Steve Madden expects that its private label business with Walmart and Target will increase notably next year as the mass retailers have shown strong resilience and benefited from the market disruption caused by the Covid-19 pandemic.
Last year, Walmart and Target represented nearly a third of the fashion company’s accounts receivable. During a conference call on the company’s third-quarter results, the chairman and chief executive officer, Edward Rosenfeld, noted that the two retailers total close to $300 million in business and he expects them to represent a “more significant percentage of the mix next year.” In 2019, Steve Madden’s overall revenues reached $1,800 million.
“We’re doing well with them and we’re in a lot of discussions with them about new initiatives, and that business should grow for us in 2021,” Rosenfeld added referring to the two retailers.
He noted that gross margins are considerably lower in the private label business. Operating expenses margins are also weaker despite reduced operating expenses. Nevertheless, “it’s a nice business because we do it with no inventory risk or investment.”
While Rosenfeld anticipated growing opportunities with Walmart and Target, he pointed out that wholesale clients are “taking a fairly conservative approach” towards the spring/summer season and that on average orders could be down 15-20 percent for the fashion industry as a whole, compared with 2019.
In the second quarter ended on July 31, Walmart’s revenues rose by 5.6 percent to $137.7 billion, and comparable sales in the U.S. increased by 9.3 percent. Meanwhile, Target’s sales in the second quarter, ended on Aug. 1, grew by 24.8 percent to $22.7 billion, with comparable sales up by 24.3 percent.
Move out of China to resume, freight costs surge
Due to the outbreak of the coronavirus, Steve Madden has suspended the process of moving out production from China. Currently, the country “has been the most reliable place to be” and that the bulk of the autumn collection will come from the Asian power house, according to Rosenfeld. But, with the spring collection, he expects the company will be able to resume its policy of diversifying sourcing to countries such as Mexico, Cambodia, Brazil and Vietnam. Rosenfeld noted that the percentage of goods produced in China has fallen to the low 60s from the 90s seen a couple of years ago.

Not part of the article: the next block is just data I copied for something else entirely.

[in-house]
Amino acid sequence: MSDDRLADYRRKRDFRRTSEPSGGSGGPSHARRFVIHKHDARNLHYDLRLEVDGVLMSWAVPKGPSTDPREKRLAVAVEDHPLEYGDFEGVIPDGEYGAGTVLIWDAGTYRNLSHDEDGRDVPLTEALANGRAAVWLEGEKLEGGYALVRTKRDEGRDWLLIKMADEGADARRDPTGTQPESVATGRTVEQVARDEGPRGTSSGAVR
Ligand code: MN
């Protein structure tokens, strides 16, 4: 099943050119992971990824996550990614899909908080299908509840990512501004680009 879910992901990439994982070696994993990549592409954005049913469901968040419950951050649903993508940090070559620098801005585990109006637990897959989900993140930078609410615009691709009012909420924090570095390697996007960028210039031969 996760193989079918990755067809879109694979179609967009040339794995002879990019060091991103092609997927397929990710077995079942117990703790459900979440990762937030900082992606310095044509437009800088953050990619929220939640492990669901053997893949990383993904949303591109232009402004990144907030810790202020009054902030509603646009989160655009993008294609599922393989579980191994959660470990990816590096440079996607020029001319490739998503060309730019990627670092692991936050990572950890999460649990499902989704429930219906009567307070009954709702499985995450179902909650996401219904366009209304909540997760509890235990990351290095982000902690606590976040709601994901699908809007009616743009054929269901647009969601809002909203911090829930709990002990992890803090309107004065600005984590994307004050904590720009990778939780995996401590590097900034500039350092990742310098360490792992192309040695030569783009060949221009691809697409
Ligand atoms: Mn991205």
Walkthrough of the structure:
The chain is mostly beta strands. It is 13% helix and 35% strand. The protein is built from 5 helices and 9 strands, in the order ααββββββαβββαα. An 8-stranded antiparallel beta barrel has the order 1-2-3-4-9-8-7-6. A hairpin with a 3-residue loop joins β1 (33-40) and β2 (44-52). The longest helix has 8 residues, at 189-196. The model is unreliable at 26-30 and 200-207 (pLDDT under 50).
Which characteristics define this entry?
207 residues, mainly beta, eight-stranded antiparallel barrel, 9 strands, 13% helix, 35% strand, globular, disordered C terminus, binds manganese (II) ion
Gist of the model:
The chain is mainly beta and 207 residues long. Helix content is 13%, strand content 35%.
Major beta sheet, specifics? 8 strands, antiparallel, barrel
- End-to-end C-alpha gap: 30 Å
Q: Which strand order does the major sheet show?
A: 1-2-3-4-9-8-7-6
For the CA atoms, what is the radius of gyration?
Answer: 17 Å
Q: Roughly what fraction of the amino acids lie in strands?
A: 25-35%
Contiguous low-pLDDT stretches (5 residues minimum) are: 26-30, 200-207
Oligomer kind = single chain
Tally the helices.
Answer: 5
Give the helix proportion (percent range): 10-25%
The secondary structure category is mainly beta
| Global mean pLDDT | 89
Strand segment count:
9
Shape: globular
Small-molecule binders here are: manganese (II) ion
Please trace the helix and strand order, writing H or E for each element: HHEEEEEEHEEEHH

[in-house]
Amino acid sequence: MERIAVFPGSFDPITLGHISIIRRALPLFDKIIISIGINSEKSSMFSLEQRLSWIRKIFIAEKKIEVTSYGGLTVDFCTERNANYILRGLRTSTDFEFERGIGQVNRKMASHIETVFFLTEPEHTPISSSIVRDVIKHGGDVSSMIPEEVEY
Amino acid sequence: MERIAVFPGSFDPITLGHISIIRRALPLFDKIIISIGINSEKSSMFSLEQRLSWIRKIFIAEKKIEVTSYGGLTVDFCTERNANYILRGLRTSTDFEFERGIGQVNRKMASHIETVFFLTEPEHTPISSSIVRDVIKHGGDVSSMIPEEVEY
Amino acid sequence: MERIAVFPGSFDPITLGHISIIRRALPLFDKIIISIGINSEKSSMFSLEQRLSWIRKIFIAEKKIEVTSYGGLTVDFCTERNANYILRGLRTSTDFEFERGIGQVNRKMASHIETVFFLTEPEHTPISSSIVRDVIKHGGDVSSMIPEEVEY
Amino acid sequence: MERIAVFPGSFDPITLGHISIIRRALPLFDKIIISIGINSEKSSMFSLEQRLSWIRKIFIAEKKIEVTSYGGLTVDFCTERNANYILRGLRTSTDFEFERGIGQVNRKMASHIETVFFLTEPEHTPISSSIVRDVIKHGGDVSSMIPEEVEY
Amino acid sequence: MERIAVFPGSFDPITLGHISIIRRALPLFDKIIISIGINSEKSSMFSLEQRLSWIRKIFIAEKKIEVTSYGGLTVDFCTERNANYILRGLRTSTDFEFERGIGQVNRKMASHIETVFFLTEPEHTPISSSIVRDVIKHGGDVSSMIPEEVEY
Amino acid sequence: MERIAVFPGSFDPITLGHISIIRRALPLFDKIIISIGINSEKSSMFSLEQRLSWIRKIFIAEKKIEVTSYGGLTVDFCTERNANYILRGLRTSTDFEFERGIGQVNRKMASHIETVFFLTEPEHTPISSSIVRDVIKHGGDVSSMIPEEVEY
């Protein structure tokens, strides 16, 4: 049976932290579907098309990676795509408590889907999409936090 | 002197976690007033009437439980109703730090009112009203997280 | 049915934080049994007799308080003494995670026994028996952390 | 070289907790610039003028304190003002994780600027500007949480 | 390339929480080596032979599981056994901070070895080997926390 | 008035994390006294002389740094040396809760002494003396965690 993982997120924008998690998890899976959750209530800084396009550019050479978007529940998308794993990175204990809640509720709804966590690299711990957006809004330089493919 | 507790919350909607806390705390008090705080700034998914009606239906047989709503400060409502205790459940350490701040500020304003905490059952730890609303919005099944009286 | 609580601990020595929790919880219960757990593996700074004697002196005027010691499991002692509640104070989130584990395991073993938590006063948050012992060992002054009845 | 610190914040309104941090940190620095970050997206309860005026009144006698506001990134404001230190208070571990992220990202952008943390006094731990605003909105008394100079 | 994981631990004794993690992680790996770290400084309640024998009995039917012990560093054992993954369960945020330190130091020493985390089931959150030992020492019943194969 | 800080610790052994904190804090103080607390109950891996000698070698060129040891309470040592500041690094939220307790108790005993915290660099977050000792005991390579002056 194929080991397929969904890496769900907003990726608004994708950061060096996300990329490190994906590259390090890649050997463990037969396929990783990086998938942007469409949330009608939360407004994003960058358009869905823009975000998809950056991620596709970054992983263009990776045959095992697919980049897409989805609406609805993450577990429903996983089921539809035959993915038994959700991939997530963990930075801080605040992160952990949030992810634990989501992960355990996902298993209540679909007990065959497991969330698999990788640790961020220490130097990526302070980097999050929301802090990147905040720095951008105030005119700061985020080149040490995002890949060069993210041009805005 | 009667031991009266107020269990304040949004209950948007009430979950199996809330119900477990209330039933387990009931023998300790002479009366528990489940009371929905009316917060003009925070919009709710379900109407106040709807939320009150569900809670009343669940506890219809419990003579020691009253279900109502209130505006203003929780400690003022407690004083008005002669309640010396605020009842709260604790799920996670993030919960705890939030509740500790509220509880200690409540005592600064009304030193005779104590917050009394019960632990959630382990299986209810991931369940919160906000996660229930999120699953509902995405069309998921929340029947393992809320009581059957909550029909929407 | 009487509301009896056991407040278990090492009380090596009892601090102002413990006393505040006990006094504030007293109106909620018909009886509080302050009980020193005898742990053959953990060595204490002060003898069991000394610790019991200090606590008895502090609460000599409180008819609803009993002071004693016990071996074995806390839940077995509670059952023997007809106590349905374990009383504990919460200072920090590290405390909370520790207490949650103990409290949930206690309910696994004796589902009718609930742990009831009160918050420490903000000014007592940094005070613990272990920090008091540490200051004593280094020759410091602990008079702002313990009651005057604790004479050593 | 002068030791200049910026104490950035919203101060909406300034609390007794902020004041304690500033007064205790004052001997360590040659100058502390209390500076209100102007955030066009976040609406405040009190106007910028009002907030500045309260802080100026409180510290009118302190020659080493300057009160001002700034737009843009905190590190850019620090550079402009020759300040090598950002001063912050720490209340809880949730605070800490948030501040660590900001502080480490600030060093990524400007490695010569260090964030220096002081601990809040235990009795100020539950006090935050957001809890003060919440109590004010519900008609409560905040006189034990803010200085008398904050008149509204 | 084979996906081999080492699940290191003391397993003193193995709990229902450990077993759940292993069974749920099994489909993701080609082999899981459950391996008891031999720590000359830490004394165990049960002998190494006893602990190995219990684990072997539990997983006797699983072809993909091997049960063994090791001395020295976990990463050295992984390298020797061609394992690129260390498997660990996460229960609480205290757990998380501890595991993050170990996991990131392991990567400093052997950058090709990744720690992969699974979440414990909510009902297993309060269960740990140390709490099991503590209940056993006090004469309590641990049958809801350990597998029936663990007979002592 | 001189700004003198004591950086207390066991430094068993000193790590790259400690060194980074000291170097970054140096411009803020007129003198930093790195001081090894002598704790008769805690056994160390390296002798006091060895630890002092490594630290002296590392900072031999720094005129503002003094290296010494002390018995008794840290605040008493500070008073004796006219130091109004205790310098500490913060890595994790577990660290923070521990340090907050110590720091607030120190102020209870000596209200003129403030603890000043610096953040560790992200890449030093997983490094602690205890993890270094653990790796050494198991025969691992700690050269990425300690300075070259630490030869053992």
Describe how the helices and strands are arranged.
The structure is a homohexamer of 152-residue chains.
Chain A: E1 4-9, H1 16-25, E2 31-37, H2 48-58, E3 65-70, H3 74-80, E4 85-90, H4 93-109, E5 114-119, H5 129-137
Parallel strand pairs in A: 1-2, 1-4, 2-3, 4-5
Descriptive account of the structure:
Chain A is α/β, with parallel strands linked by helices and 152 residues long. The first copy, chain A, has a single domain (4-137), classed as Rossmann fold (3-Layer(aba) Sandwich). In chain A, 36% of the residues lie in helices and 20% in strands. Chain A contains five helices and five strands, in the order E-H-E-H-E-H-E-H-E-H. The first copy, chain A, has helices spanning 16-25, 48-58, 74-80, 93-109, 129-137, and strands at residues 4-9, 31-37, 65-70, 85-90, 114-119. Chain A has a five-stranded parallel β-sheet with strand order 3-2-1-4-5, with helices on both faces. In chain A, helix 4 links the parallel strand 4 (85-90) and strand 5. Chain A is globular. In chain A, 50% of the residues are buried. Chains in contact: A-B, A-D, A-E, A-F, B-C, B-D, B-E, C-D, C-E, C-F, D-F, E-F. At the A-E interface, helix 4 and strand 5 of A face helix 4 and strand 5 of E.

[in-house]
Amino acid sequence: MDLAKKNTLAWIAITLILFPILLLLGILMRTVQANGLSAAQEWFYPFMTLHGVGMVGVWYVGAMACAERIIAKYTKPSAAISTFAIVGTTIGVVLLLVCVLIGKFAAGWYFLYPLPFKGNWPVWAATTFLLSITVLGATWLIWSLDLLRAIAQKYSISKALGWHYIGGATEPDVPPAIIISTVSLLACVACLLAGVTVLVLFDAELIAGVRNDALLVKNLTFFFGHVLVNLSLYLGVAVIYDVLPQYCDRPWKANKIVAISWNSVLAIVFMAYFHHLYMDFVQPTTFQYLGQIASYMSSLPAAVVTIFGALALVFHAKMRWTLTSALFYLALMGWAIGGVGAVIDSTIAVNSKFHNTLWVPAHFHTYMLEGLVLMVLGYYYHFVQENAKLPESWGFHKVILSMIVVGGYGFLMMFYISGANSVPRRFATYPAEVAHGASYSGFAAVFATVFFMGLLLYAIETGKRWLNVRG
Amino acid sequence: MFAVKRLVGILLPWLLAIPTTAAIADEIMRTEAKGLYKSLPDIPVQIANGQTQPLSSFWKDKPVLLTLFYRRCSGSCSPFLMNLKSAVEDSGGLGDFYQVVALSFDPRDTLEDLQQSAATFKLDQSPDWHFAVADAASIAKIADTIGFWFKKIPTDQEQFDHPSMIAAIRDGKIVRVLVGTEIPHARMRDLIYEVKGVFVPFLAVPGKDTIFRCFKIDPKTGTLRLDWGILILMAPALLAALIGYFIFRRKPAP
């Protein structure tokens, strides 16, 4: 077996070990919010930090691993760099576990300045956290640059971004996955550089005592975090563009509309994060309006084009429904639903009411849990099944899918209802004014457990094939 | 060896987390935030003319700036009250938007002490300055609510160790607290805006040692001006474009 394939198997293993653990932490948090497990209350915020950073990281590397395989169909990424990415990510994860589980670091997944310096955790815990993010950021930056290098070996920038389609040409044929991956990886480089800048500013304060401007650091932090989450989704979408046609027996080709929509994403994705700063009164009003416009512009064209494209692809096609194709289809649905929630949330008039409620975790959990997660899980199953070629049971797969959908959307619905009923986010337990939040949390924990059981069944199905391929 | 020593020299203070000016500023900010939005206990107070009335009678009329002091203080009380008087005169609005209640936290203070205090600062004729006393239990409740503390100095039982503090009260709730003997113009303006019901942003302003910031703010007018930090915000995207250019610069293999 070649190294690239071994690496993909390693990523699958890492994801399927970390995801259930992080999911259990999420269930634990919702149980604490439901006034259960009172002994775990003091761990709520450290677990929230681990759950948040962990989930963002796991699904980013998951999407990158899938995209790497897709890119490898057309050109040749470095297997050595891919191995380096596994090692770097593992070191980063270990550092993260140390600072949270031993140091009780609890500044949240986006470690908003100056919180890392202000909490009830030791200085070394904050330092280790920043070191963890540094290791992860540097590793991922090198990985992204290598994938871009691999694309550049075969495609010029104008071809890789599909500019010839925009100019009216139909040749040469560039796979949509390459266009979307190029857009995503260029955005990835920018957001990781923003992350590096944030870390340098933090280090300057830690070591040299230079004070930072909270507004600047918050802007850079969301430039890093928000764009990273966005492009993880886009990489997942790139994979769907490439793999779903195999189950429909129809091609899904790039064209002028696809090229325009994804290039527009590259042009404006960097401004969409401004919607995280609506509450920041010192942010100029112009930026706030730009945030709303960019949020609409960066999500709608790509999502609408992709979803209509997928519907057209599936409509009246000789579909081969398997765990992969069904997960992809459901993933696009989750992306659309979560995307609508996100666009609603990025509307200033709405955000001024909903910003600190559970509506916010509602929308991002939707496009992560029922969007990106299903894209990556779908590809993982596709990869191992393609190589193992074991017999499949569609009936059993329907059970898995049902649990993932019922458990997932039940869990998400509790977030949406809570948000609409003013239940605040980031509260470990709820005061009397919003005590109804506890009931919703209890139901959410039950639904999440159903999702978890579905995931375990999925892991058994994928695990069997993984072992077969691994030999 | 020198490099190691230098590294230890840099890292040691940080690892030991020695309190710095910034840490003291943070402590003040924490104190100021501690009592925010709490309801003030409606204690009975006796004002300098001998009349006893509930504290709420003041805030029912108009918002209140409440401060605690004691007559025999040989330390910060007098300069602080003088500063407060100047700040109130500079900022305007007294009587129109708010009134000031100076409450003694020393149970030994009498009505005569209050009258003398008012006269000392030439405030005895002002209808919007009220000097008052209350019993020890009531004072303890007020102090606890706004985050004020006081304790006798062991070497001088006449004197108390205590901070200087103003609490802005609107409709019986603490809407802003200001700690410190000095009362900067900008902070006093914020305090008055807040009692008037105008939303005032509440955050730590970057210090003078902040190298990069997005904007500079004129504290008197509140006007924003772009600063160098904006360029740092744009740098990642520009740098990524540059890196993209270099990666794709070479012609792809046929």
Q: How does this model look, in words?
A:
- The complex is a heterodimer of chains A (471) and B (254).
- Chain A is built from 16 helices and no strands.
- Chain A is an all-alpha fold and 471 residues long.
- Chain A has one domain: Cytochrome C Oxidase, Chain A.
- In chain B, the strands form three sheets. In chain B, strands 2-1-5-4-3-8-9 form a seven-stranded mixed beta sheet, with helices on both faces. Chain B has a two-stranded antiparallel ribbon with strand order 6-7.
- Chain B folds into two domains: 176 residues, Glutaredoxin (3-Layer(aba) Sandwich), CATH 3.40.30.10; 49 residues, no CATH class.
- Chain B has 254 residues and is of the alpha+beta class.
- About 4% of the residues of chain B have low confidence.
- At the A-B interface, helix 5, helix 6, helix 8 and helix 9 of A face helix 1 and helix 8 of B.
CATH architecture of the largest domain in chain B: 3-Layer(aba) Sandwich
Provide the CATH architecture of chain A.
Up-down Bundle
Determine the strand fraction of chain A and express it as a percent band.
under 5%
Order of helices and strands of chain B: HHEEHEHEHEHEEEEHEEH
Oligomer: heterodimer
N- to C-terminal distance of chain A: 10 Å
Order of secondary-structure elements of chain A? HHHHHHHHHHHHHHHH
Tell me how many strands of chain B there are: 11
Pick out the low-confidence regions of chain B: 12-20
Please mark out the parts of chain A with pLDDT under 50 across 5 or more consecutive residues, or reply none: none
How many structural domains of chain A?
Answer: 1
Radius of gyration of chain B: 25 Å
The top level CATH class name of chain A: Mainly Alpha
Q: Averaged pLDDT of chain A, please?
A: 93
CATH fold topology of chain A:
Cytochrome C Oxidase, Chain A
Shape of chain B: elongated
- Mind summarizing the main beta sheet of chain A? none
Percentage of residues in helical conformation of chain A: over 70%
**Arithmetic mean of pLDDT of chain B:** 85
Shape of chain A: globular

The company warned that the fashion industry is suffering delays due to disruption in the supply chain caused by the pandemic. It noted that there are problems in obtaining containers and vessels for maritime transport. Meanwhile, labor shortage and other shortcomings are slowing down processing in the company’s warehouses and those of its clients. “It’s probably added a couple of weeks to the whole process of getting shoes from the factory to the store,” Rosenfeld commented. The situation has also led to increases in freight rates, with the cost of air transport doubling year-over-year and maritime shipment costs rising by 25-30 percent.
Third-quarter sales above expectations
In the third quarter, Steve Madden saw revenues decrease by 30.9 percent year-on-year to $346.9 million, “significantly” above the company’s expectations. In wholesale footwear, revenues dropped by 32.5 percent, compared with the company’s forecast 35 percent, to $213.3 million with European sales increasing for the Steve Madden brand thanks to strong gains with e-commerce clients.
The company expects overall wholesale sales to post a “nice improvement” in the fourth quarter compared with the previous three months driven by the Steve Madden brand, both in footwear and handbags. On an annual basis, it anticipates fourth-quarter revenues to drop by a high teen rate.
Retail revenues decreased by 22 percent year-on-year to $59 million, against an expected 25 percent, but online sales continued to grow, up by 63.3 percent, with revenues on the stevemadden.com platform up by 81.8 percent. It also expects retail sales to contract by a high teen percentage, year-on-year, in the final quarter.
Due to a change in customer demand, the company noted that slippers will represent about 9 percent of the women’s footwear product mix in the fourth quarter compared with 1 percent in 2019, while boots and booties will be around half of the product mix, up from some 44 percent a year earlier. It also estimates that when combining the wholesale and retail channels, online sales have grown from about 20 percent of sales in 2019 to nearly 40 percent currently and could represent half of sales “at some point.”
Steve Madden’s third-quarter gross margin increased 1.30 percentage points to 40.3 percent and the loss from operations totaled $3.0 million, compared to income from operations of $68.0 million a year earlier. The company believes that gross margins could improve slightly in the fourth quarter.
The net loss was $6.9 million against profits of $52.5 million. On an adjusted basis, the bottom line showed a profit of $31.8 million compared to $56.0 million the previous year.